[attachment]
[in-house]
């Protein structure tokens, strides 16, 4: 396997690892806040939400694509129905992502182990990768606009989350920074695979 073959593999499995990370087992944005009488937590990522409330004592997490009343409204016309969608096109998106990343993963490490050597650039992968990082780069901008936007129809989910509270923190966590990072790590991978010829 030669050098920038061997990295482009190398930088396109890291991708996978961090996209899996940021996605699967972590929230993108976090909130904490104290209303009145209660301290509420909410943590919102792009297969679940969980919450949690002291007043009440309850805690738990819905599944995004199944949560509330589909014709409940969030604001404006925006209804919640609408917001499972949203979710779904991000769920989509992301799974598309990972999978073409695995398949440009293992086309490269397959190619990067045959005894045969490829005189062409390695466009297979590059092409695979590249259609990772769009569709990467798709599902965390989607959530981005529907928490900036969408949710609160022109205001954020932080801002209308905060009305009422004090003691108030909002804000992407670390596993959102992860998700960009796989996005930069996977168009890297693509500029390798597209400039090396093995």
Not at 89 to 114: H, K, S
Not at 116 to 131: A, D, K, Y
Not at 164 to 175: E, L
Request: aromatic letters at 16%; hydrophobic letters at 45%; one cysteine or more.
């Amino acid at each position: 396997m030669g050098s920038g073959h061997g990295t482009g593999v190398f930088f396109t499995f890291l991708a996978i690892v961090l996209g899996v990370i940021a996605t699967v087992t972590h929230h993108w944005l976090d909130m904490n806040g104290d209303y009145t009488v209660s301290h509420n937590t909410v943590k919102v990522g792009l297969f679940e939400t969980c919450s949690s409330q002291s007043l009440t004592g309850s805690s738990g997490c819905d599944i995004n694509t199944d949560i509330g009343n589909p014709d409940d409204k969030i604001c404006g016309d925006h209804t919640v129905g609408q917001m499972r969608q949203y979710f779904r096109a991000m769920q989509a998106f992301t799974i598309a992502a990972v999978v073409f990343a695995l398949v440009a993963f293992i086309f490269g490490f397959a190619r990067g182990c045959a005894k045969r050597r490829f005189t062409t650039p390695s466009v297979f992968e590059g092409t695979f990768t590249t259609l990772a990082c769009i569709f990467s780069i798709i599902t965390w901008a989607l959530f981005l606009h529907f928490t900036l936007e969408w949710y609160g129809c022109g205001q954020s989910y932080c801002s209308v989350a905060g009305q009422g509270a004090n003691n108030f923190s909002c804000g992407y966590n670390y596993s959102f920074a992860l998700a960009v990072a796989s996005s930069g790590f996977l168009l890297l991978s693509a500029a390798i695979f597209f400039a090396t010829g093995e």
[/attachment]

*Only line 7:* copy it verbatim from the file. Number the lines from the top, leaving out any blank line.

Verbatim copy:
């Amino acid at each position: 396997m030669g050098s920038g073959h061997g990295t482009g593999v190398f930088f396109t499995f890291l991708a996978i690892v961090l996209g899996v990370i940021a996605t699967v087992t972590h929230h993108w944005l976090d909130m904490n806040g104290d209303y009145t009488v209660s301290h509420n937590t909410v943590k919102v990522g792009l297969f679940e939400t969980c919450s949690s409330q002291s007043l009440t004592g309850s805690s738990g997490c819905d599944i995004n694509t199944d949560i509330g009343n589909p014709d409940d409204k969030i604001c404006g016309d925006h209804t919640v129905g609408q917001m499972r969608q949203y979710f779904r096109a991000m769920q989509a998106f992301t799974i598309a992502a990972v999978v073409f990343a695995l398949v440009a993963f293992i086309f490269g490490f397959a190619r990067g182990c045959a005894k045969r050597r490829f005189t062409t650039p390695s466009v297979f992968e590059g092409t695979f990768t590249t259609l990772a990082c769009i569709f990467s780069i798709i599902t965390w901008a989607l959530f981005l606009h529907f928490t900036l936007e969408w949710y609160g129809c022109g205001q954020s989910y932080c801002s209308v989350a905060g009305q009422g509270a004090n003691n108030f923190s909002c804000g992407y966590n670390y596993s959102f920074a992860l998700a960009v990072a796989s996005s930069g790590f996977l168009l890297l991978s693509a500029a390798i695979f597209f400039a090396t010829g093995e």